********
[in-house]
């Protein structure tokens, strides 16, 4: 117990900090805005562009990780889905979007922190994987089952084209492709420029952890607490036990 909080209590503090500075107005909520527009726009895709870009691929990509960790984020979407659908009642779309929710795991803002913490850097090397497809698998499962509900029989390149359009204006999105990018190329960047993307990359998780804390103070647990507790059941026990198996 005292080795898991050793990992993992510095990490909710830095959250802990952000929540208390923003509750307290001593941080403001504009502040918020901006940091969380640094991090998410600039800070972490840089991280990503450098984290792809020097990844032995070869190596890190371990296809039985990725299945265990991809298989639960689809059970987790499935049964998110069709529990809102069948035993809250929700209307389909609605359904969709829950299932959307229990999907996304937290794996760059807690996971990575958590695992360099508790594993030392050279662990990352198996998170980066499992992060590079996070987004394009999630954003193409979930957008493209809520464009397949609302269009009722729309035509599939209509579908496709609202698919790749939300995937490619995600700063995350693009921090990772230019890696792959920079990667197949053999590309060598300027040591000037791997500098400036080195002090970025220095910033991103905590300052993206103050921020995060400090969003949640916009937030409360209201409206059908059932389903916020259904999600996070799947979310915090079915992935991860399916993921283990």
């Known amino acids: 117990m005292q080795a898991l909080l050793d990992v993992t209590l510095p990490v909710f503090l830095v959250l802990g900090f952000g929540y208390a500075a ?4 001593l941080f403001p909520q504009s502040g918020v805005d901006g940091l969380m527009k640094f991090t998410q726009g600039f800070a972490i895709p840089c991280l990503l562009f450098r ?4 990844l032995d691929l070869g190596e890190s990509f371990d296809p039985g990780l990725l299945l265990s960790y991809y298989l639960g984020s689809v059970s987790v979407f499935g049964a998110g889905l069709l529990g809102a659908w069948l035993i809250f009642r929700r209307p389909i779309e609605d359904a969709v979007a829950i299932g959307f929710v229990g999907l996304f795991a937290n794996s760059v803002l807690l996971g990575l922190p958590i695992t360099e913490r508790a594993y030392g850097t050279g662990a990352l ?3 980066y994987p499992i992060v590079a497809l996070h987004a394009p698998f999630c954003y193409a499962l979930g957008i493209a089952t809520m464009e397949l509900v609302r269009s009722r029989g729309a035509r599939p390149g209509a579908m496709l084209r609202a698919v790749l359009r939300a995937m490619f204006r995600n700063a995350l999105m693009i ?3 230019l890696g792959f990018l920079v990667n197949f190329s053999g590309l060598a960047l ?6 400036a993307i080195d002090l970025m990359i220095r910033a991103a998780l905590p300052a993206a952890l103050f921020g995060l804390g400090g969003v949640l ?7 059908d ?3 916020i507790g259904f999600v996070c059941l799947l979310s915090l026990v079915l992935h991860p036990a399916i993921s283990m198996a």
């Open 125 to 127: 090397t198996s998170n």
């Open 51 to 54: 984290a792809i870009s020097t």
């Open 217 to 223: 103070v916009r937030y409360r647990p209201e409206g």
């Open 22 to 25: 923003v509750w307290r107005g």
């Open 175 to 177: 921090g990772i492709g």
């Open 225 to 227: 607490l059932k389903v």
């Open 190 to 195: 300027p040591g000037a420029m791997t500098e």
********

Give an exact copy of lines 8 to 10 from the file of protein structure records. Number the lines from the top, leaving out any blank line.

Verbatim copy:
């Open 175 to 177: 921090g990772i492709g």
């Open 225 to 227: 607490l059932k389903v």
């Open 190 to 195: 300027p040591g000037a420029m791997t500098e």